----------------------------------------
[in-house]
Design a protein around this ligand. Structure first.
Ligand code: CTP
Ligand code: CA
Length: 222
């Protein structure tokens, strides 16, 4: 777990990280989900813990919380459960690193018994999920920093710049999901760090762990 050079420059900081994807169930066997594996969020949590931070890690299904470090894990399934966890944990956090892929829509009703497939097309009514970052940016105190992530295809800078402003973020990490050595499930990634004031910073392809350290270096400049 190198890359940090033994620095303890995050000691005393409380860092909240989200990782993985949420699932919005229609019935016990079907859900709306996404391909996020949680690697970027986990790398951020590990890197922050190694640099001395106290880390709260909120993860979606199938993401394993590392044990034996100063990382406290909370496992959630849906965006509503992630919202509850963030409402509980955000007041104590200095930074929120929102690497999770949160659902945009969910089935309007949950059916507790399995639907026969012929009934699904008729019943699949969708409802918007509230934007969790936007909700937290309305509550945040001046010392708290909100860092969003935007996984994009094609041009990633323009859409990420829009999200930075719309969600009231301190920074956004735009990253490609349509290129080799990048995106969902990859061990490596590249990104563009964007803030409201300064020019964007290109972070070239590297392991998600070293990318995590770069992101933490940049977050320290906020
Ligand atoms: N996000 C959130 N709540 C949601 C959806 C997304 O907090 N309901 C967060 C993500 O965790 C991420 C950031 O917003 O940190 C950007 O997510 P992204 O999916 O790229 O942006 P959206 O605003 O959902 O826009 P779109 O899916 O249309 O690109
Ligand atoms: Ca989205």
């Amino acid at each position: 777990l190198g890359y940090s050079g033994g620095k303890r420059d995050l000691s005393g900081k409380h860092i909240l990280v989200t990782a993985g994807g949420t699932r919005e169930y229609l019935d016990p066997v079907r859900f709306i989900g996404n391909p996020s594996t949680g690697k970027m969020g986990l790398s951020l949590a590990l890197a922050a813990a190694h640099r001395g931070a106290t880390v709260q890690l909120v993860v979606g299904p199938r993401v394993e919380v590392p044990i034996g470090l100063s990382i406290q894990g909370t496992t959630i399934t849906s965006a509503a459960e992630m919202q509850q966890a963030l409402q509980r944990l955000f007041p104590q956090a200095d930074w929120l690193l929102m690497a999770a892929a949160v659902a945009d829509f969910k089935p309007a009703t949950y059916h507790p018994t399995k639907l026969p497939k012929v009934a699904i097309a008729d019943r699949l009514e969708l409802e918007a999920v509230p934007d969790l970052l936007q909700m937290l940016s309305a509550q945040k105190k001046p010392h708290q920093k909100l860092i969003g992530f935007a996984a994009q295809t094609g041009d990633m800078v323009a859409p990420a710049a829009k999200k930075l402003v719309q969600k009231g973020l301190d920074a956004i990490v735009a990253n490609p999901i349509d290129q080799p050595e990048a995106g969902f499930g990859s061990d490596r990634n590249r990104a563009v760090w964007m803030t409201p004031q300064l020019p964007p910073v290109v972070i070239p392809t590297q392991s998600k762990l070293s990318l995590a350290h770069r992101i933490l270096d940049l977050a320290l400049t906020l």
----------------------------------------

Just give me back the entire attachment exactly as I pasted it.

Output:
[in-house]
Design a protein around this ligand. Structure first.
Ligand code: CTP
Ligand code: CA
Length: 222
């Protein structure tokens, strides 16, 4: 777990990280989900813990919380459960690193018994999920920093710049999901760090762990 050079420059900081994807169930066997594996969020949590931070890690299904470090894990399934966890944990956090892929829509009703497939097309009514970052940016105190992530295809800078402003973020990490050595499930990634004031910073392809350290270096400049 190198890359940090033994620095303890995050000691005393409380860092909240989200990782993985949420699932919005229609019935016990079907859900709306996404391909996020949680690697970027986990790398951020590990890197922050190694640099001395106290880390709260909120993860979606199938993401394993590392044990034996100063990382406290909370496992959630849906965006509503992630919202509850963030409402509980955000007041104590200095930074929120929102690497999770949160659902945009969910089935309007949950059916507790399995639907026969012929009934699904008729019943699949969708409802918007509230934007969790936007909700937290309305509550945040001046010392708290909100860092969003935007996984994009094609041009990633323009859409990420829009999200930075719309969600009231301190920074956004735009990253490609349509290129080799990048995106969902990859061990490596590249990104563009964007803030409201300064020019964007290109972070070239590297392991998600070293990318995590770069992101933490940049977050320290906020
Ligand atoms: N996000 C959130 N709540 C949601 C959806 C997304 O907090 N309901 C967060 C993500 O965790 C991420 C950031 O917003 O940190 C950007 O997510 P992204 O999916 O790229 O942006 P959206 O605003 O959902 O826009 P779109 O899916 O249309 O690109
Ligand atoms: Ca989205």
């Amino acid at each position: 777990l190198g890359y940090s050079g033994g620095k303890r420059d995050l000691s005393g900081k409380h860092i909240l990280v989200t990782a993985g994807g949420t699932r919005e169930y229609l019935d016990p066997v079907r859900f709306i989900g996404n391909p996020s594996t949680g690697k970027m969020g986990l790398s951020l949590a590990l890197a922050a813990a190694h640099r001395g931070a106290t880390v709260q890690l909120v993860v979606g299904p199938r993401v394993e919380v590392p044990i034996g470090l100063s990382i406290q894990g909370t496992t959630i399934t849906s965006a509503a459960e992630m919202q509850q966890a963030l409402q509980r944990l955000f007041p104590q956090a200095d930074w929120l690193l929102m690497a999770a892929a949160v659902a945009d829509f969910k089935p309007a009703t949950y059916h507790p018994t399995k639907l026969p497939k012929v009934a699904i097309a008729d019943r699949l009514e969708l409802e918007a999920v509230p934007d969790l970052l936007q909700m937290l940016s309305a509550q945040k105190k001046p010392h708290q920093k909100l860092i969003g992530f935007a996984a994009q295809t094609g041009d990633m800078v323009a859409p990420a710049a829009k999200k930075l402003v719309q969600k009231g973020l301190d920074a956004i990490v735009a990253n490609p999901i349509d290129q080799p050595e990048a995106g969902f499930g990859s061990d490596r990634n590249r990104a563009v760090w964007m803030t409201p004031q300064l020019p964007p910073v290109v972070i070239p392809t590297q392991s998600k762990l070293s990318l995590a350290h770069r992101i933490l270096d940049l977050a320290l400049t906020l």